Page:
To the Editor:
Mark Segal’s recent columns have brought together the history of the fight against intolerance and this year’s acknowledgement of acceptance by the U. S. Supreme Court, among others. The maturity of his words reveals his collection of experiences and memorabilia and his transition of now passing those things to the next generation.
This spring, I was part of the Penn State Men’s Gymnastics reunion and celebration of the 100th birthday of my coach Gene Wettstone, the father of American gymnastics and who reincarnated the Penn State Nittany Lion. I thought the prize of my collection was a wooden trunk lined with photos, programs and newspaper articles. It wasn’t.
The prize was a series of newspaper articles about the fight between the old AAU, which controlled American athletics with myths and prejudices and the group of men and women [Wettstone] selected over the years who together acted to do what was right for everyone to participate. The ignition event was Penn State’s invitation to the University of Cologne for a gymnastics meet. After litigation, which was finally resolved by Congress, the United States Gymnastics Federation assumed responsibility and led the development of gymnastics with teams captained by open gay gymnasts (Temple 2013) and gay Olympians. Years later, the University of Cologne hosted the 2010 Gay Games,where Team Philadelphia competed. The circle was nearly complete. The final thing I found was a letter from Coach Wettstone in which he was describing the last gymnastics event he would organize, named “The Best Years of Our Lives.” In the last paragraph, he ended by saying he was proud of us as student athletes, but that he was more proud of us for what we accomplished in our adult lives.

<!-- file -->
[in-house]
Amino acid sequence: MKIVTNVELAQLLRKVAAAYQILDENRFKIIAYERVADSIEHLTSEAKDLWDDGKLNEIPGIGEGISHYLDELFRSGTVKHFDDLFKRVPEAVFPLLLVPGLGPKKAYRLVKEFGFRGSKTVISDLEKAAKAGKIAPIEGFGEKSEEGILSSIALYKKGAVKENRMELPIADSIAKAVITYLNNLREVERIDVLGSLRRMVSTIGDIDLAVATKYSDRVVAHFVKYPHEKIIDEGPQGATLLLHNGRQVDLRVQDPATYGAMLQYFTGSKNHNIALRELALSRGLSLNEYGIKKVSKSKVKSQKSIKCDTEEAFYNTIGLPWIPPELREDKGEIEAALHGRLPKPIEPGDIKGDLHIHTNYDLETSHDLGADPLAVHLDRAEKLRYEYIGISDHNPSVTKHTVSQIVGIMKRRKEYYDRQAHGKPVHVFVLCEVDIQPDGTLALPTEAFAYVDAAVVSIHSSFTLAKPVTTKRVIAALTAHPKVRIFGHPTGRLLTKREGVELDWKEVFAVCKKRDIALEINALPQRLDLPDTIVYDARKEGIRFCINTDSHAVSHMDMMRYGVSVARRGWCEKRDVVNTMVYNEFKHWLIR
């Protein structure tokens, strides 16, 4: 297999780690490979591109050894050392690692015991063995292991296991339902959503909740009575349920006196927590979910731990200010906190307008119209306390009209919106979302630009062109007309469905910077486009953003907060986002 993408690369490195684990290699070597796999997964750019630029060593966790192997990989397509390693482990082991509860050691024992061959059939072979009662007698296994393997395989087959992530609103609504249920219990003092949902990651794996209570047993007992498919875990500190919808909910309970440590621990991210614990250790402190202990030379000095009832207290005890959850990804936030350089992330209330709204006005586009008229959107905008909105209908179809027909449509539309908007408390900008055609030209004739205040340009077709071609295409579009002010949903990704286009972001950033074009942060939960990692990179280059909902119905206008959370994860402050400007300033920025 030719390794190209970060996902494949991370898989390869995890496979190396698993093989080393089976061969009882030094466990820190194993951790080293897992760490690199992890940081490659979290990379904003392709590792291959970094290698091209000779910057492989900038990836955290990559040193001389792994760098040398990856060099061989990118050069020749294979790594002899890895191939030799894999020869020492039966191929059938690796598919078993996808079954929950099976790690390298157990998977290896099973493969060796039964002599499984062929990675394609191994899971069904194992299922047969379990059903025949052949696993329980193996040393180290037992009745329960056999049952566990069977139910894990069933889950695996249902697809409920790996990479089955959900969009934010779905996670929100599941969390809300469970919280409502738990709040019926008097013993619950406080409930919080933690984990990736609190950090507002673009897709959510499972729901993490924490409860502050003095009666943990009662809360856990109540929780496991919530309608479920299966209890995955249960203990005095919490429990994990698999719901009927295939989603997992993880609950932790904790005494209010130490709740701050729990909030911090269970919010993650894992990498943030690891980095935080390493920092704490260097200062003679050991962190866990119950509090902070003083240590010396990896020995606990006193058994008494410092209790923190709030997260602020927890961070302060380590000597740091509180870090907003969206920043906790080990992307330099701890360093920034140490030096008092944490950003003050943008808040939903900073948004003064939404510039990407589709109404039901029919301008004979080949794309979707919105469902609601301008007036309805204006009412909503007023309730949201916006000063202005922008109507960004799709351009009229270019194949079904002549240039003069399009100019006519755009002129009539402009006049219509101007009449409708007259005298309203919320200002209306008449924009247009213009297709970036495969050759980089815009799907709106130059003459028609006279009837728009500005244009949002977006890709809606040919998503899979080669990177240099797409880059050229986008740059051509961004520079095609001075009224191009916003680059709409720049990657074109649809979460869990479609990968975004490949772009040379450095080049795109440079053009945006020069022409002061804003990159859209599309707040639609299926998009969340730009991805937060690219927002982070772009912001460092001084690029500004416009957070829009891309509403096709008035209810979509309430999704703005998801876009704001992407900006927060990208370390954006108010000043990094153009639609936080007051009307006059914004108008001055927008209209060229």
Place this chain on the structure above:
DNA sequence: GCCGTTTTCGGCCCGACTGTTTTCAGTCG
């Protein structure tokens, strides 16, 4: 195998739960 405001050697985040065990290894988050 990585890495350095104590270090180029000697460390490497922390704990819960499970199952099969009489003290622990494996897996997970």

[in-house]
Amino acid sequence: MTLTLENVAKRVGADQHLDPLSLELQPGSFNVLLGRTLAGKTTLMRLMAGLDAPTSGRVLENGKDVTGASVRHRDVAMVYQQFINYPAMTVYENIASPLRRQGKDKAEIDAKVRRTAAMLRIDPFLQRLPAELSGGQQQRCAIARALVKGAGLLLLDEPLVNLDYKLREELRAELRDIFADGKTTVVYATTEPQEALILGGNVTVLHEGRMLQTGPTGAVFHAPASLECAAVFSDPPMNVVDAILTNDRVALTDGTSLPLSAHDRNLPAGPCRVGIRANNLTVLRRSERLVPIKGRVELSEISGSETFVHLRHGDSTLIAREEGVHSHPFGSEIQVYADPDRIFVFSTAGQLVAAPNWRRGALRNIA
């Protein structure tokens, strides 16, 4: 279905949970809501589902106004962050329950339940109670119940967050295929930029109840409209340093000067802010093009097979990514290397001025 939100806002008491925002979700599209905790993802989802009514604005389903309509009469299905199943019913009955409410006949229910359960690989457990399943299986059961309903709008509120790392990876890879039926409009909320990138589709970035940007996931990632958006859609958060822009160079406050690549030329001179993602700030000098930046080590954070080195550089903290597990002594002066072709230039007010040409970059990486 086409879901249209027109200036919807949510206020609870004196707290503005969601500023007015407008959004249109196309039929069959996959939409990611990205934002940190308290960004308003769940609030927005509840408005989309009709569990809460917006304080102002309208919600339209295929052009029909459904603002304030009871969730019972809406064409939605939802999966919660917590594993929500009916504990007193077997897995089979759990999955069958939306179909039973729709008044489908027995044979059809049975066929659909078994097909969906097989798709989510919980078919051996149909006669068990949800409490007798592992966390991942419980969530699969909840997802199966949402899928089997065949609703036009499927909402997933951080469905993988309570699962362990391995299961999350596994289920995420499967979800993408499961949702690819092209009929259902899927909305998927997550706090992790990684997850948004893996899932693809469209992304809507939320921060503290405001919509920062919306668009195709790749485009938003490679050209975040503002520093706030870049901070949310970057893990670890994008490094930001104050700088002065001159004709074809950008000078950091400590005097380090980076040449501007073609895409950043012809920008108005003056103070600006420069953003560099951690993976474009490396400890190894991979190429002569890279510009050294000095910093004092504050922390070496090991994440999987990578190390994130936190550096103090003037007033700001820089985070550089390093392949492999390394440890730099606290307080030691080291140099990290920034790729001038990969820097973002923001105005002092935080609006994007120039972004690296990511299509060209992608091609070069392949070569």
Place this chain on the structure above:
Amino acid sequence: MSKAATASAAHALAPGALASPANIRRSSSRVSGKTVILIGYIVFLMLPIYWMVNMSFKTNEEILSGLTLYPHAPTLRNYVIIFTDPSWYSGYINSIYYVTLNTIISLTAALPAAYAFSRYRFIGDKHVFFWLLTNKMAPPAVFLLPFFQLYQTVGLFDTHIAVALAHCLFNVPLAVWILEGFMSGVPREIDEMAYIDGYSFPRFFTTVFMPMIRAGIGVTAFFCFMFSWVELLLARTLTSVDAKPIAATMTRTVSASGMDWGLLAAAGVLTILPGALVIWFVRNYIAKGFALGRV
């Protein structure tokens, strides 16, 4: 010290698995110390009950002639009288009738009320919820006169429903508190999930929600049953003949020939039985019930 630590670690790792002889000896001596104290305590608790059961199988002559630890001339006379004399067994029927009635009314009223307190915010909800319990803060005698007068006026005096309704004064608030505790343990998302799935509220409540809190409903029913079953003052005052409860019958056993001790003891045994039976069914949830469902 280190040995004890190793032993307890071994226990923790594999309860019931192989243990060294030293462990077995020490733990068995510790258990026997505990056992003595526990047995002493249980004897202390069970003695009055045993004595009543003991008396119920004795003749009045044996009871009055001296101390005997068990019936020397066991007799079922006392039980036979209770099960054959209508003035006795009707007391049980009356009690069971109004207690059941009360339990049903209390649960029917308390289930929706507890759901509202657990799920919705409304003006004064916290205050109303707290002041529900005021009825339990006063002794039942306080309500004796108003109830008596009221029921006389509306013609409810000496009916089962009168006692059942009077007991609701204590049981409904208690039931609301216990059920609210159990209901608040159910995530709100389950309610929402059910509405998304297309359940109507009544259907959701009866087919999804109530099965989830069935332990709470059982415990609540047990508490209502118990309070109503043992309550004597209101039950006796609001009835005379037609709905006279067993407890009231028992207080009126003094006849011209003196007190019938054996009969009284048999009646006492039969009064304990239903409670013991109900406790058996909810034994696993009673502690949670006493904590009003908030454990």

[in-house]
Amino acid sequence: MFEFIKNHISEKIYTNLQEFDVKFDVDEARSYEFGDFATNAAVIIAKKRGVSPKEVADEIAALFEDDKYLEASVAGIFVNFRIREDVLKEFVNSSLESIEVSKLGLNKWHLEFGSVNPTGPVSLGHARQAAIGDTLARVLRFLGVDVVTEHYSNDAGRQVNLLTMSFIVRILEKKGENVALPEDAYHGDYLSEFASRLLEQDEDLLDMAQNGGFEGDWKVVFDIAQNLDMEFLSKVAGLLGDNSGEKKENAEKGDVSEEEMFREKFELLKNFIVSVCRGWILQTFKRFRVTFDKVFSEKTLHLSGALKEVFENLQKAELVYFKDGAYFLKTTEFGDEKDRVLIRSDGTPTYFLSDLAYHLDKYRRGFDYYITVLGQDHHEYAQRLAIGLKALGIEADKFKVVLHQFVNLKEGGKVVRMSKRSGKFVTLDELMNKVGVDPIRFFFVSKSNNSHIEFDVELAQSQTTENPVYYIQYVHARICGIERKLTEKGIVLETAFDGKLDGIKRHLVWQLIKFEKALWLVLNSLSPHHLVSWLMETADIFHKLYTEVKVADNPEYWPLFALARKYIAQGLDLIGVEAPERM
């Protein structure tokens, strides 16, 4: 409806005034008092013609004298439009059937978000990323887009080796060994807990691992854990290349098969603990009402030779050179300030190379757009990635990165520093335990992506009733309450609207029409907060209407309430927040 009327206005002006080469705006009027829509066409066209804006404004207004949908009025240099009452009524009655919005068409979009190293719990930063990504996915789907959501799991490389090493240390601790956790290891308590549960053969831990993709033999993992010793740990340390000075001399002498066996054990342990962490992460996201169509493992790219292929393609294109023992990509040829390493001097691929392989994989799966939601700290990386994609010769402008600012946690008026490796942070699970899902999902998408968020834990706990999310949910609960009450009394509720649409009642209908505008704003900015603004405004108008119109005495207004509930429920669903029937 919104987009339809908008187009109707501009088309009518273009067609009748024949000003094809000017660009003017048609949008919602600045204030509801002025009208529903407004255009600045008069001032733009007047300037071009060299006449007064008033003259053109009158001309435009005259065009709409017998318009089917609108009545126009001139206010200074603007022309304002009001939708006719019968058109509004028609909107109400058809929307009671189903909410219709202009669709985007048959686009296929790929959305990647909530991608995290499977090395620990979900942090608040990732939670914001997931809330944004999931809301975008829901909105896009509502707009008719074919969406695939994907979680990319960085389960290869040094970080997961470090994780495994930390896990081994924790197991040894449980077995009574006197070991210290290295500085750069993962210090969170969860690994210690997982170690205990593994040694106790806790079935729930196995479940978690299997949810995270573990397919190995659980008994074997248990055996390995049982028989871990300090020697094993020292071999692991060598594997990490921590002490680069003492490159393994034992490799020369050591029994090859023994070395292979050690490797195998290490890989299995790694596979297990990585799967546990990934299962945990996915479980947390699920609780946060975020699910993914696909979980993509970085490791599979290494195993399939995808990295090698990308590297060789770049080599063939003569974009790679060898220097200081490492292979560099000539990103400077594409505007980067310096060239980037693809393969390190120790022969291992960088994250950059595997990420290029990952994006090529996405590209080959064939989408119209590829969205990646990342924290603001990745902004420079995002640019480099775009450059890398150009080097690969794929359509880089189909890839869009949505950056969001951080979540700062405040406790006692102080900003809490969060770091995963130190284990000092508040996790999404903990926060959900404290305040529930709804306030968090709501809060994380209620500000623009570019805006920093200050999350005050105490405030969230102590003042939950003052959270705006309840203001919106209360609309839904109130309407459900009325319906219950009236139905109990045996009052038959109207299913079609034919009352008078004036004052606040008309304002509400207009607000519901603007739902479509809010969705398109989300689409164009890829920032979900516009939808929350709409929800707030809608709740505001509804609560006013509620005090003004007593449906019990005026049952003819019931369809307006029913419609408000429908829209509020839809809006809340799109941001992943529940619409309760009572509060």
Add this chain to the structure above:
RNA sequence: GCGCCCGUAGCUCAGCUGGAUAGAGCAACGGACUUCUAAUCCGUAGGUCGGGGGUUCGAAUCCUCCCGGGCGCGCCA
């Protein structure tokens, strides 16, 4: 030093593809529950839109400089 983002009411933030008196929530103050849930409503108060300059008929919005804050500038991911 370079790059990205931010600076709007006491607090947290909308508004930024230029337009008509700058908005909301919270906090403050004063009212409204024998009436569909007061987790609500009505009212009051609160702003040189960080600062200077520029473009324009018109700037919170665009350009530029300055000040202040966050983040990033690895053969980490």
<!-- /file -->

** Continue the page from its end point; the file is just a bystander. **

As Team Philadelphia and its affiliated sports and music organizations, with more than 1,300 individuals comprising the largest adult sports and musical organization in the region, prepare for 2014 with Gay Games in Cleveland, the Bingham Rugby Cup in Australia and the National Flag Football Championships in Philadelphia, and many other local and national events, we extend our thanks to those many individuals who stepped forward to organize protests and sporting organizations that are now celebrating decades of existence. We hope to acknowledge those leaders with a sports historical retrospective in 2014 expressing our appreciation for doing what was right and bringing us all to the open fields of play, where we are acknowledged for our efforts and accomplishments. To all of them, we say thank you.
Bob Szwajkos Team Philadelphia chair